The gospel holds our pain in tension with God’s promises. It permits honesty in the face of grief yet assurance that God will resolve our sorrow one day. We still wait for death’s final defeat. Until then, its sting runs deep. Yet the empty tomb of our risen king declares that the sting won’t last forever.
Perhaps you’re familiar with these hopeful and defiant questions: “O death, where is your victory? O death, where is your sting?” You may have sung them on Easter Sunday to revel in Jesus’ triumph and deliver death a lyrical one-two punch. Or maybe you have stood silent as others around you sang victoriously—you believe that Jesus overcame death’s power, but you have felt defeated by death’s pain.
Whatever your experience is with these questions, they reverberate with hope. Jesus conquered the grave. The tomb is empty. We’ve been set free.
But could our taunting of death be premature?
Context matters. When we learn to read the Bible as it is—not merely as an archive of lyrics for happy songs—we may find our most cherished verses to provide even deeper hope than we imagined.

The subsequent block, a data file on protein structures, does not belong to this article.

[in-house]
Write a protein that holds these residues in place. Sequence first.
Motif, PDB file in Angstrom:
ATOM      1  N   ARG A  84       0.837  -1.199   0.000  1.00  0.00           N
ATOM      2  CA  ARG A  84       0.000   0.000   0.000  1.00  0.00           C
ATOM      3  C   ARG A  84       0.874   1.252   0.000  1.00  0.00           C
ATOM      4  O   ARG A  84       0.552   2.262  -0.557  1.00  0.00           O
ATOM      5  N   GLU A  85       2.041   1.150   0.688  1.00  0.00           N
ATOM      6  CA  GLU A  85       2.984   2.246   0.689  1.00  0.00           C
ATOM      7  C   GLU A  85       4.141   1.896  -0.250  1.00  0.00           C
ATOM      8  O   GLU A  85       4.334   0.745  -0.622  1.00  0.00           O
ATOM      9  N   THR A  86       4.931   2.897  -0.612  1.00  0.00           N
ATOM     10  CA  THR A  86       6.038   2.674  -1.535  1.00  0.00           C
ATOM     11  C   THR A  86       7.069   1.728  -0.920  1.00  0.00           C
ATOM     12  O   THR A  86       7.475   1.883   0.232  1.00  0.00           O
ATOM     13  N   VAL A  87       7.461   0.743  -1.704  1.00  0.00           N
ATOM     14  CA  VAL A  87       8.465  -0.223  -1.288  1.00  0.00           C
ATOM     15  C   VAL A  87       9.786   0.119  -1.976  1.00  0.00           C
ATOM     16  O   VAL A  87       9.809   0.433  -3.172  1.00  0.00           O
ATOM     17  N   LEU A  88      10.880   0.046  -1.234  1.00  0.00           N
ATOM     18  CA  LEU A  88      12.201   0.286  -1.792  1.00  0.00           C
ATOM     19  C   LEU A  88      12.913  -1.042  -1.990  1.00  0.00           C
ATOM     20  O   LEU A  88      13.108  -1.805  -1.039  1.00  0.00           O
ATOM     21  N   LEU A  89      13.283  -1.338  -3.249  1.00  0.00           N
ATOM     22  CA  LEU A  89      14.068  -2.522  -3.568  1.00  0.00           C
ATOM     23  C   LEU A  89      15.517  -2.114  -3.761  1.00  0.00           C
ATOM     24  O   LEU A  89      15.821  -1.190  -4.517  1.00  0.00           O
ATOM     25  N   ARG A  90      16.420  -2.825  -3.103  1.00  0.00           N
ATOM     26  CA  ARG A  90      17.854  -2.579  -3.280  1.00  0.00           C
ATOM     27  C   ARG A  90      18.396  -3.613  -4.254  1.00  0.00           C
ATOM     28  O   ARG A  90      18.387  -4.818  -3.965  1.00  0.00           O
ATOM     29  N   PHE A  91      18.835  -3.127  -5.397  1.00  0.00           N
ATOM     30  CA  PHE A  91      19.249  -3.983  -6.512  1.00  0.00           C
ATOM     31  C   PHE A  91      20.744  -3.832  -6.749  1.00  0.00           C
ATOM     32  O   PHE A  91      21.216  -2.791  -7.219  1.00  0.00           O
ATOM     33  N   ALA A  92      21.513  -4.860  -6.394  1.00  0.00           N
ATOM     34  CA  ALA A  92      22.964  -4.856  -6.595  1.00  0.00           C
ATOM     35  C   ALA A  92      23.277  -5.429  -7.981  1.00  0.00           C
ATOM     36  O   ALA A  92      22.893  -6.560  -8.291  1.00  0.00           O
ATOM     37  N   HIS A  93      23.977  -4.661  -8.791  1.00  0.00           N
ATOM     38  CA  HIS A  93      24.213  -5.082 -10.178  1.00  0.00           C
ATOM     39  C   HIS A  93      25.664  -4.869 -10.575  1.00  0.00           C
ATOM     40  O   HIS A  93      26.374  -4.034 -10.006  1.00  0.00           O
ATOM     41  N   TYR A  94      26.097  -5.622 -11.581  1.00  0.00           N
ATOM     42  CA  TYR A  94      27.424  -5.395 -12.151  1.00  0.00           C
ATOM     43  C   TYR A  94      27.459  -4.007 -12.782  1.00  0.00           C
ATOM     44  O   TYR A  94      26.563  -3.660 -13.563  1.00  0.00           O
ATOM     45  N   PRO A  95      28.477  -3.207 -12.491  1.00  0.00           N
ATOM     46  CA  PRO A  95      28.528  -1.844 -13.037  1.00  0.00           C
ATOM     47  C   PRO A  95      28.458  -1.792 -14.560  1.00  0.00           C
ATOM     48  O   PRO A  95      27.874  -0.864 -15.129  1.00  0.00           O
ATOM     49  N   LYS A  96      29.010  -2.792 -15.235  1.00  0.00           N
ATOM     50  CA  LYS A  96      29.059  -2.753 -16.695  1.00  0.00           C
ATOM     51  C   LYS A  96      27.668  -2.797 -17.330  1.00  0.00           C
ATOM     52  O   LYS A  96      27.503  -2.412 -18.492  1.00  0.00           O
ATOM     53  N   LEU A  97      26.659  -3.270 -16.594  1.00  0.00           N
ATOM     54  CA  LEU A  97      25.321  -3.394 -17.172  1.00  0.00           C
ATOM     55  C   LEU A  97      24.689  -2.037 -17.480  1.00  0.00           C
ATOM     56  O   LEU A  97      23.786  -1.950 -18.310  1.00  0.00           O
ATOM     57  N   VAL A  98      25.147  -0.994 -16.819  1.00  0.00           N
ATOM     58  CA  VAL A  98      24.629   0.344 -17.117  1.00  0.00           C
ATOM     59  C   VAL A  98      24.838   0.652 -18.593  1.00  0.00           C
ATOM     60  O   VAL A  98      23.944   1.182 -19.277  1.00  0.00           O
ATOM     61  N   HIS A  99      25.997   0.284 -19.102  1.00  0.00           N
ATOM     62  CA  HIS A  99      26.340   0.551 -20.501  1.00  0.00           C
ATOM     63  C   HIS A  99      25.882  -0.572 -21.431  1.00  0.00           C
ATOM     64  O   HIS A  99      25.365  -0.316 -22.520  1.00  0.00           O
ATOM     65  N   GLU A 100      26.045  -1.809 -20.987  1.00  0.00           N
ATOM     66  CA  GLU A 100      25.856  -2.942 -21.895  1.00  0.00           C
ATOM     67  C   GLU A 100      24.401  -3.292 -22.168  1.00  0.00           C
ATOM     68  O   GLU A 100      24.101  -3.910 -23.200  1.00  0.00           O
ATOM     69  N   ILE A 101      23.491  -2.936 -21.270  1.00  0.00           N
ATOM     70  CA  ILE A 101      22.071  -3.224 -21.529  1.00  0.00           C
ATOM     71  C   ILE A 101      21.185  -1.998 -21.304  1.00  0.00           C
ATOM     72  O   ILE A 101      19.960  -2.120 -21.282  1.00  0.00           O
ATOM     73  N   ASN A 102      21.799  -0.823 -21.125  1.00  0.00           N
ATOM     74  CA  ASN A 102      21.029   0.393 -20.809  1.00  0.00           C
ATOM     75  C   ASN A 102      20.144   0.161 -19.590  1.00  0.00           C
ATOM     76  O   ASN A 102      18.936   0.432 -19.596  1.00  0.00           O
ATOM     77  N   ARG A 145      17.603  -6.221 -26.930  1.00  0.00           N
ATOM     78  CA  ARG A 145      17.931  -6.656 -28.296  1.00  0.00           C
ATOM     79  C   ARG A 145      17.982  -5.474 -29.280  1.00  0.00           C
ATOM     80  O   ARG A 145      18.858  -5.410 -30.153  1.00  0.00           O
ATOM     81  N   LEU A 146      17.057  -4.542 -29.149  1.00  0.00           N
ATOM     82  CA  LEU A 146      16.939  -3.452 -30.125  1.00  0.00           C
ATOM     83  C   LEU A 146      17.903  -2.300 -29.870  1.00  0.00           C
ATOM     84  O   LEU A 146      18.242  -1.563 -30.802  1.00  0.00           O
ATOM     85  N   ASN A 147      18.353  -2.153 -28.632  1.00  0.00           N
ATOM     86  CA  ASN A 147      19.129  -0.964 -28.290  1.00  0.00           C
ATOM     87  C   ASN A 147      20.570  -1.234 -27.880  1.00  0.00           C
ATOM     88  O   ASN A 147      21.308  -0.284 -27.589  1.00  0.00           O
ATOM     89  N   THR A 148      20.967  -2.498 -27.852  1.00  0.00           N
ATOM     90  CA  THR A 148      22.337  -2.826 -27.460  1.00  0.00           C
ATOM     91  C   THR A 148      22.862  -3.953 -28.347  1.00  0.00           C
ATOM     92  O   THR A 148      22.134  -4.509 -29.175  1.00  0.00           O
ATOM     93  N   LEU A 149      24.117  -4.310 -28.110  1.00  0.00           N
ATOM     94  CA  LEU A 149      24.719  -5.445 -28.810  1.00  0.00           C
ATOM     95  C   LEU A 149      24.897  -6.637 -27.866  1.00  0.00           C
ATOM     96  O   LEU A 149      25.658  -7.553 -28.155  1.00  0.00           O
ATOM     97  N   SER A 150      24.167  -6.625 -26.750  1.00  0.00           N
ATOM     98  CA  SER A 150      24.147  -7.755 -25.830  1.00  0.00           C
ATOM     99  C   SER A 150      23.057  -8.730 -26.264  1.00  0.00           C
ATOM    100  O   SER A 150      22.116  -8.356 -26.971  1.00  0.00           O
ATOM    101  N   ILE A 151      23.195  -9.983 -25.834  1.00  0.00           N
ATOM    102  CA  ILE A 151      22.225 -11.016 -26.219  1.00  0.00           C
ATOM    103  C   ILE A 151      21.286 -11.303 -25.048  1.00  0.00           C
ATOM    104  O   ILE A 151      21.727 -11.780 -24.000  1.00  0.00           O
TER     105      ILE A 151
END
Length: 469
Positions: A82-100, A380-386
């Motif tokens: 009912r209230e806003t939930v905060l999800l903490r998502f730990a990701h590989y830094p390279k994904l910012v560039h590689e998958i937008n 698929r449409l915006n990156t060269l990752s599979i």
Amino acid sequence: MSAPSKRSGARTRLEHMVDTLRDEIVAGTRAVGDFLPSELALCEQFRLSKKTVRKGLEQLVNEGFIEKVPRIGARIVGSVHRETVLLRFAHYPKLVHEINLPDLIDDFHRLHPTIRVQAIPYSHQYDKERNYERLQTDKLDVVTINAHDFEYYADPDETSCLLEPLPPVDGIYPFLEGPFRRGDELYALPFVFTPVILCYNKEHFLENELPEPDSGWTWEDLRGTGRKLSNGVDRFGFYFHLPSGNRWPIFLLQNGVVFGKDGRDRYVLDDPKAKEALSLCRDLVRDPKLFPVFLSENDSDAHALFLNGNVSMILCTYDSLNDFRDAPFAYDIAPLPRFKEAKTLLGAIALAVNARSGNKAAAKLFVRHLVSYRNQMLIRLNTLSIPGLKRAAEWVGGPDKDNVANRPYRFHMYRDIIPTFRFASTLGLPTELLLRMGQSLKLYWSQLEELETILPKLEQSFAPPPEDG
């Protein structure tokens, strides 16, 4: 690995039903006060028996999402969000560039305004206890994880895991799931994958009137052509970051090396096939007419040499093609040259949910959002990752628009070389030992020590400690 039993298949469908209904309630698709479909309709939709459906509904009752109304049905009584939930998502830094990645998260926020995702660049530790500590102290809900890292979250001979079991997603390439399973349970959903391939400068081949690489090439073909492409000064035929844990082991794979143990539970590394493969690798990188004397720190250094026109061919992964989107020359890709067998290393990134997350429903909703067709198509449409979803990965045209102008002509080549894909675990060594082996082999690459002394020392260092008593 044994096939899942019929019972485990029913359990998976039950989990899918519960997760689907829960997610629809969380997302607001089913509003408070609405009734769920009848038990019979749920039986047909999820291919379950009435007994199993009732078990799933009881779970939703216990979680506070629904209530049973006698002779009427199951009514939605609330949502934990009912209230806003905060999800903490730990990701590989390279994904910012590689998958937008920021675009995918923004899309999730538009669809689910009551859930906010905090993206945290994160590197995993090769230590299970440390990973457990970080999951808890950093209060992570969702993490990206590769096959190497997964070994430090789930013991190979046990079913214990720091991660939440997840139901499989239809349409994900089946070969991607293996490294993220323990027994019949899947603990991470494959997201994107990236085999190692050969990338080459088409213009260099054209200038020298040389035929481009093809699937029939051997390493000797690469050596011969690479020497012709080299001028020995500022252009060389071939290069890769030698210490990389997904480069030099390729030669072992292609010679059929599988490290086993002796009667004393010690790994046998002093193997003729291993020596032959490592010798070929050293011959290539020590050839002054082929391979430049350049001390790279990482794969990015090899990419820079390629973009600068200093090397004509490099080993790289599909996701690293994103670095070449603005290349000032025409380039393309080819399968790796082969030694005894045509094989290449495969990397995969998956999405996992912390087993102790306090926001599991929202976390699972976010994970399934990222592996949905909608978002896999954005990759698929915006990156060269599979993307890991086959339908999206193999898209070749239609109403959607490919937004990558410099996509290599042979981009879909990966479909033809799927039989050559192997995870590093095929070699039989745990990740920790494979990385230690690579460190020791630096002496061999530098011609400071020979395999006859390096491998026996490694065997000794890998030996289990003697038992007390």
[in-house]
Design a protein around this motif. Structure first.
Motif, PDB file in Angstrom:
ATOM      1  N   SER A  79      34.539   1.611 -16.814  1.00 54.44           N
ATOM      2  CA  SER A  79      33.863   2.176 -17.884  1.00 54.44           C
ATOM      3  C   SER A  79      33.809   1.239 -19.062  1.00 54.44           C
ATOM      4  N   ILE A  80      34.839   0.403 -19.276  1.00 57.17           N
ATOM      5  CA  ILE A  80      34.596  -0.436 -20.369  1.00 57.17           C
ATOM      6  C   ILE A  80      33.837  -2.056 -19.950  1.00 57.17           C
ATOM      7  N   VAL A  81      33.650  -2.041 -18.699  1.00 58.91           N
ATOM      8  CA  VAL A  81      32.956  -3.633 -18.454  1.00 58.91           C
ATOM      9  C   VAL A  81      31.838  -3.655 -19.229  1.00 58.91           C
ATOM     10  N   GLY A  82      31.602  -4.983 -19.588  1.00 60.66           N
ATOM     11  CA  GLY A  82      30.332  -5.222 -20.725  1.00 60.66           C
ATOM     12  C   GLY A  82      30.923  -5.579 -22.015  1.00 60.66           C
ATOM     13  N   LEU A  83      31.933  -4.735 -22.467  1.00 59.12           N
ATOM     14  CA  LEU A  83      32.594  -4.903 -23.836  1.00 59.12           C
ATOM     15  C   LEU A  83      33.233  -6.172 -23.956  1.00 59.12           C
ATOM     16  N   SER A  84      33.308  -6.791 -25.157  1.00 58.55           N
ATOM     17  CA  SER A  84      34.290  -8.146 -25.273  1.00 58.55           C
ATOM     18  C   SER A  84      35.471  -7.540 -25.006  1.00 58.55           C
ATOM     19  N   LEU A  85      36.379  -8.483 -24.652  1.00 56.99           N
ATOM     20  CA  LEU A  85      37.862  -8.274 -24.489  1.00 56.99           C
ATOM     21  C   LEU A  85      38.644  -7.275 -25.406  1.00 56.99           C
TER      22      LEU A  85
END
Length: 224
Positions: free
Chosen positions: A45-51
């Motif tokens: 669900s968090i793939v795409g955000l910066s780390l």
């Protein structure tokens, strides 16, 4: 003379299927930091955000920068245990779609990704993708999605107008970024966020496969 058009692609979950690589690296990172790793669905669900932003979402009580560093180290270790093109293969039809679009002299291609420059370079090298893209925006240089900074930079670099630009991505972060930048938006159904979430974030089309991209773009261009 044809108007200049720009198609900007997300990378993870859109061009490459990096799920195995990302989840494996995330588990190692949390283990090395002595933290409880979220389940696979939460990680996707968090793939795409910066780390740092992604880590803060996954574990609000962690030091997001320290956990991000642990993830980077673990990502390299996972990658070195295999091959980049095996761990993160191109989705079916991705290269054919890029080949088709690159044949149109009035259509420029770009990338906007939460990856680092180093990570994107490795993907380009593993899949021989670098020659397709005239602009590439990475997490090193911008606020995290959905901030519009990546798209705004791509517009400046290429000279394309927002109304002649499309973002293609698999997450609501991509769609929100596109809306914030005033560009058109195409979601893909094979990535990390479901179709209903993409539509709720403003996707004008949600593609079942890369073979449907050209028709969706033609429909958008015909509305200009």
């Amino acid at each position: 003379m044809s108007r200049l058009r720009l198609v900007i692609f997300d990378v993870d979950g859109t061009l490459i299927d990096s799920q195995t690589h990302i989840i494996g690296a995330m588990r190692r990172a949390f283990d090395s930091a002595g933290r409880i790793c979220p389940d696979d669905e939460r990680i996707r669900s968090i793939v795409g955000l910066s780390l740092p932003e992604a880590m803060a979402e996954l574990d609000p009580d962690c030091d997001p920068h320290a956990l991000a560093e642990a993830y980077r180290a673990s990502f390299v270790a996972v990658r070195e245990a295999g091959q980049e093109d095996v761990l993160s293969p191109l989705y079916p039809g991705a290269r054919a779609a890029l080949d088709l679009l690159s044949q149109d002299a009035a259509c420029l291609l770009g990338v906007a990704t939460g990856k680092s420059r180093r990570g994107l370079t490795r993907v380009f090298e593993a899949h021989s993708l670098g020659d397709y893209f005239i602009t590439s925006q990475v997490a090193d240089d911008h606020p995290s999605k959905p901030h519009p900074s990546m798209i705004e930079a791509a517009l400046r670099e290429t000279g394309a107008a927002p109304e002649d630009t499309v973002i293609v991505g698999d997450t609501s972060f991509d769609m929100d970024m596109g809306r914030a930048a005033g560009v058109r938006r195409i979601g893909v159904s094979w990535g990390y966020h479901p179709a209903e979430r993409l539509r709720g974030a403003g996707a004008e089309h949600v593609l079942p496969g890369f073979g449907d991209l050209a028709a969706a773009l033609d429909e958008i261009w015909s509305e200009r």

These rhetorical questions come from 1 Corinthians 15, one of the most important chapters in your Bible. Some believers were saying Christ did not rise. So Paul realigns their history and theology.
If there is no resurrection then we have some serious issues: preaching is pointless (1 Cor 15:14), faith is worthless (1 Cor 15:14), we’re still in our sin (1 Cor 15:17), and the dead have perished forever (1 Cor 15:18). If Jesus did not rise then we have no hope beyond the grave and Christians are “of all people most to be pitied” (1 Cor 15:19). So we should just party hard until we die (1 Cor 15:32).
Christian faith rests entirely on Jesus’ resurrection. If it did not happen, we are magnificent fools. But Paul establishes the historical fact of the resurrection, verified by hundreds of eyewitness accounts (1 Cor 15:1-11). The empty tomb changes everything.
Jesus’ resurrection reverses the curse of sin. Death is mere sleep for those who are in Christ—just as he rose, so will we (1 Cor 15:20-22). We will exchange our broken frames for glorious bodies (1 Cor 15:35-49). Jesus’ resurrection means life has purpose—what we do matters. Instead of indulging every craving, we ought to live holy lives (1 Cor 15:34) driven by the grace of Jesus’ victory (1 Cor 15:57). Preaching the gospel is not pointless, but is “of first importance” (1 Cor 15:3). So we should “always [be] abounding in the work of the Lord, knowing that in the Lord your labor is not in vain” (1 Cor 15:58).
This brings us to our refrain of questions, which occur in Paul’s crescendo at the chapter’s end.